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How Can We Tamp Down the Spread of COVID-19?

Data from cell phones show which locations are linked to higher infection rates. Reducing capacity could slow the spread of COVID-19.
How Can We Tamp Down the Spread of COVID-19?
Novel Coronavirus blood test Concept. Nurse holding test tube with blood for 2019-nCoV analyzing.

Recent news that vaccines under development appear effective have bolstered hope. Until we have widespread access to vaccines and treatments, though, we need to figure out how to slow the spread of COVID-19.

Ultimately, people still need to do their best to avoid catching the coronavirus. A new study in Nature shows which places are most closely associated with the spread of COVID-19. Researchers analyzed data from the mobile phones of millions of Americans. As they planned, these showed where people went during the first wave of infection (Nature, Nov. 10, 2020). To complete the analysis, they examined data on infection hot spots emerging at the same time. Finally, they modeled changes in infection rates based on these data.

Fewer People Inside at Once Can Reduce the Spread of COVID-19:

According to the model,

“a small minority of ‘superspreader’ POIs [points of interest] account for a large majority of infections…”

Capping occupancy in some of these spots, particularly restaurants, cafés, bars, gyms and religious establishments, could greatly reduce infections. In fact, that approach would be far more effective against the spread of COVID-19 than trying to keep people at home. Based on the analysis, if the riskiest venues operated at just 20 percent capacity, it could reduce the spread of infection by perhaps as much as 80 percent.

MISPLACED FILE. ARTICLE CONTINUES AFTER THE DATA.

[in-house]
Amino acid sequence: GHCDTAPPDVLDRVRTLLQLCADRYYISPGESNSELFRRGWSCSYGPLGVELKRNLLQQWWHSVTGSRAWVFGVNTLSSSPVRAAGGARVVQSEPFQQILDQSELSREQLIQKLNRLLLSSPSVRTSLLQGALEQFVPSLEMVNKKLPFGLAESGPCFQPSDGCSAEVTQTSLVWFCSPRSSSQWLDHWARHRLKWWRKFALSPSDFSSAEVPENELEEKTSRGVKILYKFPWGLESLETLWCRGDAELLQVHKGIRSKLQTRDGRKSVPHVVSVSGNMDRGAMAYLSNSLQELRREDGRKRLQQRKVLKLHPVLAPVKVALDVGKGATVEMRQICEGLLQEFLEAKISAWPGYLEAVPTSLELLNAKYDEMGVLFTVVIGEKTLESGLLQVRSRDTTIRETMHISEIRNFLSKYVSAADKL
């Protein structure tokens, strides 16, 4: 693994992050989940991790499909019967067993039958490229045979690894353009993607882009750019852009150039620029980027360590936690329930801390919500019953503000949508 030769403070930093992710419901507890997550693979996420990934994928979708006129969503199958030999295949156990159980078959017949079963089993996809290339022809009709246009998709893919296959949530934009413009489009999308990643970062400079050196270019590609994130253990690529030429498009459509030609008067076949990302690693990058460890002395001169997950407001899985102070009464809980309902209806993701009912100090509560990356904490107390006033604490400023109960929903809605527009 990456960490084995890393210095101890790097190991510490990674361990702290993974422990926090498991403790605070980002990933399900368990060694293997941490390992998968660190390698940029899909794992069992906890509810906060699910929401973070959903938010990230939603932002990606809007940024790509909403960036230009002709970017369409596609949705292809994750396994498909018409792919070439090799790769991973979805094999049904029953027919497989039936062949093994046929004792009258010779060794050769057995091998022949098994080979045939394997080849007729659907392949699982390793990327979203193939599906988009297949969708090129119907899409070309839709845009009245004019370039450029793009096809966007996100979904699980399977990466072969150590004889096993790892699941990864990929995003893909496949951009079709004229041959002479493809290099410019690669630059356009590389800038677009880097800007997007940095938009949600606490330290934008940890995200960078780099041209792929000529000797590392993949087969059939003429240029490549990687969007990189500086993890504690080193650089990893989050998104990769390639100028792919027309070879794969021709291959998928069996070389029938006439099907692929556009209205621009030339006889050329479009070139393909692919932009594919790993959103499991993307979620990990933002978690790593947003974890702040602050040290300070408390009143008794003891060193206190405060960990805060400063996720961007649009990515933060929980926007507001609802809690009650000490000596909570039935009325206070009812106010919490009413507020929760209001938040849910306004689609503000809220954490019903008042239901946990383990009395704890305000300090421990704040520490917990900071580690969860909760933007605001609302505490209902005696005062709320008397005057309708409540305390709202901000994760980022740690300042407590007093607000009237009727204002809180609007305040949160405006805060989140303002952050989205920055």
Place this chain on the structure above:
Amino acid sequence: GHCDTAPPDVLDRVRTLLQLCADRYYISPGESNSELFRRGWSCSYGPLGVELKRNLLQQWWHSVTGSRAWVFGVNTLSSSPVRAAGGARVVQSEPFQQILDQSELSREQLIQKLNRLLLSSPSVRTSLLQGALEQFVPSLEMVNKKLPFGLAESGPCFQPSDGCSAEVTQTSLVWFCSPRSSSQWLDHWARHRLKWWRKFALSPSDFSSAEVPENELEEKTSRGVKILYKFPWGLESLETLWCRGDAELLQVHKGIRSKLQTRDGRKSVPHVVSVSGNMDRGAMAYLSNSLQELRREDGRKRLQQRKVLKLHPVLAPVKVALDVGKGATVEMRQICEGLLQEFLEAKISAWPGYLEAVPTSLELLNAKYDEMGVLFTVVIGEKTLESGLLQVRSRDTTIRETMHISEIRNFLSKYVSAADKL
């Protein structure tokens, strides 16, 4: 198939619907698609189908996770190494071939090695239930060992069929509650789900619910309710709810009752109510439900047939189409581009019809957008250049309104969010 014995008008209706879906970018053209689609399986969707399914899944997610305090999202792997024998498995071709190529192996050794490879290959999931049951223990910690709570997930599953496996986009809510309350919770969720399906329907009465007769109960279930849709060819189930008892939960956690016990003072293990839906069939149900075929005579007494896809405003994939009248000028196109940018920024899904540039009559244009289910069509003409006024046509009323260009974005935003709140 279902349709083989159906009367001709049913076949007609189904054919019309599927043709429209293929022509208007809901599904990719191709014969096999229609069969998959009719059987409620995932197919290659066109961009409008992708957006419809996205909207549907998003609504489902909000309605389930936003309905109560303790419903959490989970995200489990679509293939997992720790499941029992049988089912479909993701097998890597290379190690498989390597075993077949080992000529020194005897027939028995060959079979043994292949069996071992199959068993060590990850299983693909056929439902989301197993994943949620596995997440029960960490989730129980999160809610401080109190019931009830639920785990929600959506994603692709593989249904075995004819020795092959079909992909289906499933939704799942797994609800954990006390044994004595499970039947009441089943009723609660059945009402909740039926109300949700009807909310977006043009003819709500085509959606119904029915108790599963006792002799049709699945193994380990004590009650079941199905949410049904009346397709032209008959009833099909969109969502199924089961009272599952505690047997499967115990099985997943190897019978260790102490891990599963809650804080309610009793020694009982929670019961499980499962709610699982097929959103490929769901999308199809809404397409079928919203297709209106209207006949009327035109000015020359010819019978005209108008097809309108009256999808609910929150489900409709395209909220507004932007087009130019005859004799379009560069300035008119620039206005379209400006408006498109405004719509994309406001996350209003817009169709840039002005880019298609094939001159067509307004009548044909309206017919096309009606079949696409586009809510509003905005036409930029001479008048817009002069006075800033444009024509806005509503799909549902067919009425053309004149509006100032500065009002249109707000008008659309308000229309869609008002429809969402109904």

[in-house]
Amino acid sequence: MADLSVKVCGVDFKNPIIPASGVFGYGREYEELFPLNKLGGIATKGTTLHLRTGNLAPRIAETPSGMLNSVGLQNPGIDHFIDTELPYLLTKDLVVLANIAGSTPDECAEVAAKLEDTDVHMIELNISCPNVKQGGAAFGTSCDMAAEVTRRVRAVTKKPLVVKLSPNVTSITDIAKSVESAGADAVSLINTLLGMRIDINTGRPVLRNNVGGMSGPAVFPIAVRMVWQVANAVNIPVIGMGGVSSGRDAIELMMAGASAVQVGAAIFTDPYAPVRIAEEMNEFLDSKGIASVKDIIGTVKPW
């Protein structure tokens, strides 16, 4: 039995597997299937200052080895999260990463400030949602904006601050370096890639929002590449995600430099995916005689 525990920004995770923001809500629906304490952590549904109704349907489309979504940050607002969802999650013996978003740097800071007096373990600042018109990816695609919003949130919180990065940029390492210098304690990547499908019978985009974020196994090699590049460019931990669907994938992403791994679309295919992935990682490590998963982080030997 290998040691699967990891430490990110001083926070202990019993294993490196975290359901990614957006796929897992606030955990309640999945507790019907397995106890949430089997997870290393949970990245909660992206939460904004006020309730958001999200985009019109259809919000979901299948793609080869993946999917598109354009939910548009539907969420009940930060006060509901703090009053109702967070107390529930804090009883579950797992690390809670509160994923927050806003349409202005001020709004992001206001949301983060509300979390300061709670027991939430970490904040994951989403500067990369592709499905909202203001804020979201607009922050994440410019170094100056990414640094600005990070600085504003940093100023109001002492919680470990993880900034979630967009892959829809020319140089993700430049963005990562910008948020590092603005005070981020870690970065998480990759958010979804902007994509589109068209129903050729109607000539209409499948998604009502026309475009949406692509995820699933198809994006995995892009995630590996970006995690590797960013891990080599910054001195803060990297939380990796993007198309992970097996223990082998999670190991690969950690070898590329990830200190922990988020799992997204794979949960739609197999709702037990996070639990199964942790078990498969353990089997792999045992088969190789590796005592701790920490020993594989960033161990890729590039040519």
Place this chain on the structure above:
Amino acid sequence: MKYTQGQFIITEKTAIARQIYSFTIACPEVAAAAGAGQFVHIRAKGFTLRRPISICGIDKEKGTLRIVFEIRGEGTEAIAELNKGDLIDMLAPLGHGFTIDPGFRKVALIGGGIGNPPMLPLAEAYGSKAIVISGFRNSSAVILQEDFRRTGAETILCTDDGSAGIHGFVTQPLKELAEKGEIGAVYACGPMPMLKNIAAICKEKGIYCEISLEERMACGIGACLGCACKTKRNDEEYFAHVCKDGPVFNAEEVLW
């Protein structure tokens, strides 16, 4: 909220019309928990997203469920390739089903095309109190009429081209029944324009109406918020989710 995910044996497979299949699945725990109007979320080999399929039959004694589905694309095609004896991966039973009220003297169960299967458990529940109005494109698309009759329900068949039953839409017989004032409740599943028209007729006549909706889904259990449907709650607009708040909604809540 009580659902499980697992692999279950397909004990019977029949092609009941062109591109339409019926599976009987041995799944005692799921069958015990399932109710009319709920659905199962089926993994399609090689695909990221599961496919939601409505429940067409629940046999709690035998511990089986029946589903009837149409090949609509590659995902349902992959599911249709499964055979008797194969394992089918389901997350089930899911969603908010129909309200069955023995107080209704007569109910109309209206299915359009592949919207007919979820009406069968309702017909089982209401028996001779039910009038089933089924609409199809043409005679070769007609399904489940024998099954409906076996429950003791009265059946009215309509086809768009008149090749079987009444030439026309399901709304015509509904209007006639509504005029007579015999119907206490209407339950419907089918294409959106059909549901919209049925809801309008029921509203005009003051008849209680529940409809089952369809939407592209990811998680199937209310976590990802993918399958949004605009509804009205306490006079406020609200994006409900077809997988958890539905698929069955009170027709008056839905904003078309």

In addition, the researchers note:

“Our model also correctly predicts higher infection rates among disadvantaged racial and socioeconomic groups solely from differences in mobility: we find that disadvantaged groups have not been able to reduce mobility as sharply, and that the POIs they visit are more crowded and therefore higher-risk.”

For example, they found that the impact of grocery stores on infection rates differed with socioeconomic status. In 8 of the 10 cities they studied, people visiting grocery stores in poor neighborhoods were more likely to be exposed to coronavirus. The scientists report that these stores were smaller and had more visitors per hour. In addition, people spent more time inside them (17 percent longer on average). 

Policies to Slow the Spread of COVID-19:

The authors argue that their model would allow policymakers to develop re-opening strategies that would help protect the disadvantaged. In particular, cities might put more stringent caps on occupancy levels and provide better access to emergency food distribution centers. That could alleviate crowding in grocery stores. Free, widely available testing in high-risk neighborhoods would help people avoid contact while infected. Moreover, most people would benefit from paid leave policies that support people staying home when they are ill. So would priority attention to good ventilation, access to effective personal protective equipment (PPE) and better provisions for essential workers to do their jobs at greater distances from each other.

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About the Author
Terry Graedon, PhD, is a medical anthropologist and co-host of The People’s Pharmacy radio show, co-author of The People’s Pharmacy syndicated newspaper columns and numerous books, and co-founder of The People’s Pharmacy website. Terry taught in the Duke University School of Nursing and was an adjunct assistant professor in the Department of Anthropology. She is a Fellow of the Society of Applied Anthropology. Terry is one of the country's leading authorities on the science behind folk remedies. .
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  • Chang S et al, "Mobility network models of COVID-19 explain inequities and inform reopening." Nature, Nov. 10, 2020. https://doi.org/10.1038/s41586-020-2923-3
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